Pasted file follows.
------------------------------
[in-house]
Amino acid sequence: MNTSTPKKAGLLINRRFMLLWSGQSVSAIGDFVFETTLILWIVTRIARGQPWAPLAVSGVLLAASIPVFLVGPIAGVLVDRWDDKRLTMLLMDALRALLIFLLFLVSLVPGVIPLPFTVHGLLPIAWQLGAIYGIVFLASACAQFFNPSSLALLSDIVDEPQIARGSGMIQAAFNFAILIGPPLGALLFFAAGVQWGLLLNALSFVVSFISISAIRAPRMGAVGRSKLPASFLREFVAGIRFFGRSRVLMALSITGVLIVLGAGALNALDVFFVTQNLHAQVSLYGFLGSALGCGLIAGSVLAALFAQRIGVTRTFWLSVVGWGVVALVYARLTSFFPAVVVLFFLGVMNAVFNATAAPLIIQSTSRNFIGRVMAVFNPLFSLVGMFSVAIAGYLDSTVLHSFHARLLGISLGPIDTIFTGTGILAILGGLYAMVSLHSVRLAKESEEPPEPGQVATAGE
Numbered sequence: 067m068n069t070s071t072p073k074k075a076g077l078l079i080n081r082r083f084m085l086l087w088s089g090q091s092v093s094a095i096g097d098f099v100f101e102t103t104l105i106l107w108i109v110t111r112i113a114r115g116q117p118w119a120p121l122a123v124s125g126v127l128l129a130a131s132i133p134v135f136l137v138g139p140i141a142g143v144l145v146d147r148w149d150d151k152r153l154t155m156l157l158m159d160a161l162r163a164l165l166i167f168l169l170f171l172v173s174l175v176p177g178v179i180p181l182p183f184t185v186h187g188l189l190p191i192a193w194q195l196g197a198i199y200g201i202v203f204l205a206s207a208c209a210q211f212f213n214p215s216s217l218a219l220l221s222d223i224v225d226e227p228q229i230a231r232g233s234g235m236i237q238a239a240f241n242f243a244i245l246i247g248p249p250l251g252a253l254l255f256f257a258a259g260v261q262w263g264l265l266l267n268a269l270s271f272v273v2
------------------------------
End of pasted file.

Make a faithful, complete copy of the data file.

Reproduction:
[in-house]
Amino acid sequence: MNTSTPKKAGLLINRRFMLLWSGQSVSAIGDFVFETTLILWIVTRIARGQPWAPLAVSGVLLAASIPVFLVGPIAGVLVDRWDDKRLTMLLMDALRALLIFLLFLVSLVPGVIPLPFTVHGLLPIAWQLGAIYGIVFLASACAQFFNPSSLALLSDIVDEPQIARGSGMIQAAFNFAILIGPPLGALLFFAAGVQWGLLLNALSFVVSFISISAIRAPRMGAVGRSKLPASFLREFVAGIRFFGRSRVLMALSITGVLIVLGAGALNALDVFFVTQNLHAQVSLYGFLGSALGCGLIAGSVLAALFAQRIGVTRTFWLSVVGWGVVALVYARLTSFFPAVVVLFFLGVMNAVFNATAAPLIIQSTSRNFIGRVMAVFNPLFSLVGMFSVAIAGYLDSTVLHSFHARLLGISLGPIDTIFTGTGILAILGGLYAMVSLHSVRLAKESEEPPEPGQVATAGE
Numbered sequence: 067m068n069t070s071t072p073k074k075a076g077l078l079i080n081r082r083f084m085l086l087w088s089g090q091s092v093s094a095i096g097d098f099v100f101e102t103t104l105i106l107w108i109v110t111r112i113a114r115g116q117p118w119a120p121l122a123v124s125g126v127l128l129a130a131s132i133p134v135f136l137v138g139p140i141a142g143v144l145v146d147r148w149d150d151k152r153l154t155m156l157l158m159d160a161l162r163a164l165l166i167f168l169l170f171l172v173s174l175v176p177g178v179i180p181l182p183f184t185v186h187g188l189l190p191i192a193w194q195l196g197a198i199y200g201i202v203f204l205a206s207a208c209a210q211f212f213n214p215s216s217l218a219l220l221s222d223i224v225d226e227p228q229i230a231r232g233s234g235m236i237q238a239a240f241n242f243a244i245l246i247g248p249p250l251g252a253l254l255f256f257a258a259g260v261q262w263g264l265l266l267n268a269l270s271f272v273v2